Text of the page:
A biomimetic fly photoreceptor model elucidates how stochastic adaptive quantal sampling provides a large dynamic range

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Song, Z. ; Juusola, M.I.
  • Publisher: Wiley
  • Journal: The Journal of Physiology, volume 595, issue 16, pages 5,439-5,456 (issn: 0022-3751, eissn: 1469-7793)
  • Related identifiers: doi: 10.1113/JP273614, pmc: PMC5556150
  • Subject: fly photoreceptor | light adaptation | quantum sampling | stochastic adaptive sampling | Special section reviews: Shining new light into the workings of photoreceptors and visual interneurons | Symposium Review | gain control | large dynamic range | phototransduction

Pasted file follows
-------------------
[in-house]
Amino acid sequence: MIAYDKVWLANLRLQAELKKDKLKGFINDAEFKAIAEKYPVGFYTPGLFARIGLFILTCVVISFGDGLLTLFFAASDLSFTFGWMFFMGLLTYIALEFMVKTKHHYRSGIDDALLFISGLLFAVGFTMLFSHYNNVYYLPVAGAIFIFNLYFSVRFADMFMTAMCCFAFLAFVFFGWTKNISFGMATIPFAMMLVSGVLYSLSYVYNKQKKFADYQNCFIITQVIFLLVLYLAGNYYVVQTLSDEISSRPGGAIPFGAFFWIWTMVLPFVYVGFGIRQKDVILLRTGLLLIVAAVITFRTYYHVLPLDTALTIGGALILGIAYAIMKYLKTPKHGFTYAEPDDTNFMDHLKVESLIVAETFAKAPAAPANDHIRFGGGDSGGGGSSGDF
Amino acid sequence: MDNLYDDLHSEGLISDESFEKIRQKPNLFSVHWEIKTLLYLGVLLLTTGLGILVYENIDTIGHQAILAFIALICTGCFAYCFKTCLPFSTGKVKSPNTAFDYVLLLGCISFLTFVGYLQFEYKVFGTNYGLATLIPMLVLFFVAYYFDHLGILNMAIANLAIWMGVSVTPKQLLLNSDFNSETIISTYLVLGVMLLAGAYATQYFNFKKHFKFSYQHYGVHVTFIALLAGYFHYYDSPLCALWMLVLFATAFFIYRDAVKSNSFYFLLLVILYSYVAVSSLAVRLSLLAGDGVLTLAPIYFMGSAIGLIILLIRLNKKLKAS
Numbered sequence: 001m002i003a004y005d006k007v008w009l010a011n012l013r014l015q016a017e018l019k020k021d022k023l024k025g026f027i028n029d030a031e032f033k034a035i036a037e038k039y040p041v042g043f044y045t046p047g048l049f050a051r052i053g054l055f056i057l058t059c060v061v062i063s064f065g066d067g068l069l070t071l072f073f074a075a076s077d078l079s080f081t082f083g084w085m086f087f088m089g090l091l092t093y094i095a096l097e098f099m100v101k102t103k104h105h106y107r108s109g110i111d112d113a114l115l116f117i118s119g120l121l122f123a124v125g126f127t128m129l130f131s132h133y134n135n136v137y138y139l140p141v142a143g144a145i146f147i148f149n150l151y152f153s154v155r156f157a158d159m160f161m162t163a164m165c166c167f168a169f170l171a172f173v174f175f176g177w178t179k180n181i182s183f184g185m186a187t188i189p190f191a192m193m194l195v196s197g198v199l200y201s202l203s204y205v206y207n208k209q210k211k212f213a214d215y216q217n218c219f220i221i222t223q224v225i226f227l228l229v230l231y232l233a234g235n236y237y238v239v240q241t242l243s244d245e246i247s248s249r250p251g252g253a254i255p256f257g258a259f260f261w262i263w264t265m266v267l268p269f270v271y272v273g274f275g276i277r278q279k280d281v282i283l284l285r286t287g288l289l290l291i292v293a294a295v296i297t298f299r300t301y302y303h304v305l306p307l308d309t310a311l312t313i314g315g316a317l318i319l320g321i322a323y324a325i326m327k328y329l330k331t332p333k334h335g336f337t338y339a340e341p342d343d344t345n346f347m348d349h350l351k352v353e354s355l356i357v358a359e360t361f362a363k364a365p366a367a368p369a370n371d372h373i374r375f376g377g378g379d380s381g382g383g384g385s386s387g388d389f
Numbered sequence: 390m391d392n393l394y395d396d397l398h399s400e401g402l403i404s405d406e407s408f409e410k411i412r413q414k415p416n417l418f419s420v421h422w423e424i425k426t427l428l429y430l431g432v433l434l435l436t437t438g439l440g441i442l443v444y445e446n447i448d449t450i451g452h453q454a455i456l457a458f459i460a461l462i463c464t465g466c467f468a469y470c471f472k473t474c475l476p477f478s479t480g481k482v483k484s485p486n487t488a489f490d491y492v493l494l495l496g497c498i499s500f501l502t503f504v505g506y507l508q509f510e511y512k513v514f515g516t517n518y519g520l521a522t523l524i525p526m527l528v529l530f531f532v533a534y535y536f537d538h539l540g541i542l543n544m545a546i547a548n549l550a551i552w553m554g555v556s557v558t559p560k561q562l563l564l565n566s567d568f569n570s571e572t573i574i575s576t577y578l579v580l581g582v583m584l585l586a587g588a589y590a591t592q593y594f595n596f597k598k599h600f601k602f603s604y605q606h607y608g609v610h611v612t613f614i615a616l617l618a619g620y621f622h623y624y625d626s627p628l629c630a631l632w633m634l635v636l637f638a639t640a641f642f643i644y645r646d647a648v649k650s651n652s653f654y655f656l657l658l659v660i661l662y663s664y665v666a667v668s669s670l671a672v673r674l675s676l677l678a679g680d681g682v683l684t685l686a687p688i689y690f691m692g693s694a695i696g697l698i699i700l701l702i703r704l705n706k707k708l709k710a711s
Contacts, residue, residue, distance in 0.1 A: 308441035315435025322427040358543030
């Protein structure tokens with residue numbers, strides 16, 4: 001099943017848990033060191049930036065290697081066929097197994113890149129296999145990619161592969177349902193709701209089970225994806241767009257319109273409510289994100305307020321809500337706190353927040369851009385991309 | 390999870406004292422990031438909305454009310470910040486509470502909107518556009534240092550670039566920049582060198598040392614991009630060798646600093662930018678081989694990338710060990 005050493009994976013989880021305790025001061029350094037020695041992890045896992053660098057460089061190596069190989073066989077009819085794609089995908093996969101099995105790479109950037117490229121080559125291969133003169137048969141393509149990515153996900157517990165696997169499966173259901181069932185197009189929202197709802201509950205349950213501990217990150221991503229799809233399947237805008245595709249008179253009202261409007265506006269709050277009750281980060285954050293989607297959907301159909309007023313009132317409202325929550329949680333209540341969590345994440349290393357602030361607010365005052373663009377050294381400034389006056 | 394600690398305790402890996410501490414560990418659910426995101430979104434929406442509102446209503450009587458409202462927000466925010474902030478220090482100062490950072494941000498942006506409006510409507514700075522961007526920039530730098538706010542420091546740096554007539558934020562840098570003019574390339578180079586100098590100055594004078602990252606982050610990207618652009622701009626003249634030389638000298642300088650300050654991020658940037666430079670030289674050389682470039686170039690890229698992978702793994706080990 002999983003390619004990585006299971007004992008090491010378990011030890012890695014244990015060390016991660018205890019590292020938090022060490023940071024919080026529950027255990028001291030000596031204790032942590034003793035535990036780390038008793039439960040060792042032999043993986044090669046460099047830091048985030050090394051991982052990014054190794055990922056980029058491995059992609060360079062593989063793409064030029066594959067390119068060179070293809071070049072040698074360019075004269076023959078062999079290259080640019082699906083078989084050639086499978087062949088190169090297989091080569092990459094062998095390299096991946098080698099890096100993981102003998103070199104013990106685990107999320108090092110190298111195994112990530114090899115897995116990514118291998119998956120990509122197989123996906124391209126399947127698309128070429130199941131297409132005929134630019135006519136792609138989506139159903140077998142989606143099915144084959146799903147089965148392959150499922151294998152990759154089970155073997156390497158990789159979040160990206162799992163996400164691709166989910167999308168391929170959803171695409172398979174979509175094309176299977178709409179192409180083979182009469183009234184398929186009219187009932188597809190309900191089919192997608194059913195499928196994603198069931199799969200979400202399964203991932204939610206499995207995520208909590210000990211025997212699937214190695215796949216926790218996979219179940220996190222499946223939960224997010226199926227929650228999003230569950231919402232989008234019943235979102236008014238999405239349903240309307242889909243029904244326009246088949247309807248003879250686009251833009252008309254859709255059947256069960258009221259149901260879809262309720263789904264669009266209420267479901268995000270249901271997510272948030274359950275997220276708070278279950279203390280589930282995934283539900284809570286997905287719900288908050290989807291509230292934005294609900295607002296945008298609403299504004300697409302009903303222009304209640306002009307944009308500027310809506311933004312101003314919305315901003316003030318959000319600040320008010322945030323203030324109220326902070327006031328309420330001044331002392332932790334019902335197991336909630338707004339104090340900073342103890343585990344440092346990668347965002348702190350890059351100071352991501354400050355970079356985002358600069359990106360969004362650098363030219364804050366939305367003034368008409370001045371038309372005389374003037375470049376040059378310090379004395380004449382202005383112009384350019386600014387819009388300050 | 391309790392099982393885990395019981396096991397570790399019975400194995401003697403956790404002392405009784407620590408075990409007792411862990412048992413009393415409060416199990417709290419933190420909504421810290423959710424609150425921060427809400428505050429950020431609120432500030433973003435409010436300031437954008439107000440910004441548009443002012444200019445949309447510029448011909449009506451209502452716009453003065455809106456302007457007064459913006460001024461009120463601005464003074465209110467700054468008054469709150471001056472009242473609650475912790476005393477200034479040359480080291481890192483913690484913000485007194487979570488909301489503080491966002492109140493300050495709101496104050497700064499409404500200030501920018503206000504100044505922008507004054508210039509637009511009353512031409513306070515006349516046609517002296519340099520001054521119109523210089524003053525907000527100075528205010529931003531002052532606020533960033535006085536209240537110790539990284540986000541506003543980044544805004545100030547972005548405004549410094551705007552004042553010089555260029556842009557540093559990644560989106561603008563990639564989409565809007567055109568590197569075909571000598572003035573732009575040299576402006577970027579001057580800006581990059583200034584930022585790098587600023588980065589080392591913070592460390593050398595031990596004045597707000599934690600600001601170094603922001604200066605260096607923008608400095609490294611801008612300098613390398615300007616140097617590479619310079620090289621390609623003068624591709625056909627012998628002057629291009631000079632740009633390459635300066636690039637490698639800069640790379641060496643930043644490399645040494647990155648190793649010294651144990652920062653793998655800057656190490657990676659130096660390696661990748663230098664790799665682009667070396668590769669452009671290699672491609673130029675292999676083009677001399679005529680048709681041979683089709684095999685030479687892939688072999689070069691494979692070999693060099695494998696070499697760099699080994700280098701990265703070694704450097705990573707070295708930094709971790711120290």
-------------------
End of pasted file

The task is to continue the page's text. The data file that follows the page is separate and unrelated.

Light intensities (photons/s/um2) in a natural scene vary over several orders of magnitude\ud from shady woods to direct sunlight. A major challenge facing the visual system is how to map such a\ud large dynamic input range to its limited output range, so that signal is neither buried into noise in\ud darkness and nor saturated in brightness. A fly photoreceptor has achieved such a large dynamic\ud range; it can encode intensity changes from single photons to billions more, outperforming man-made\ud light sensors. This performance requires powerful light-adaptation, the neural implementation of\ud which has only become clearer recently. A computational fly photoreceptor model, which mimics the\ud real phototransduction processes, has elucidated how light adaptation happens dynamically through\ud stochastic adaptive quantal information sampling. A Drosophila R1-R6 photoreceptor’s light-sensor, the\ud rhabdomere, has 30,000 microvilli, each of which stochastically samples incoming photons. Each\ud microvillus employs a full G-protein-coupled-receptor (GPCR) signalling pathway to adaptively\ud transduce photons into quantum bumps (QBs, or samples). QBs then sum up the macroscopic\ud photoreceptor responses, governed by four quantal sampling factors (limitations): (1) the number of\ud photon sampling units in the cell structure (microvilli); (2) sample size (QB waveform); (3) latency\ud distribution (time delay between photon arrival to emergence of a QB), and (4) refractory period\ud distribution (time for a microvillus to recover after a QB). Here, we review how these factors jointly\ud orchestrate light adaptation over a large dynamic range.
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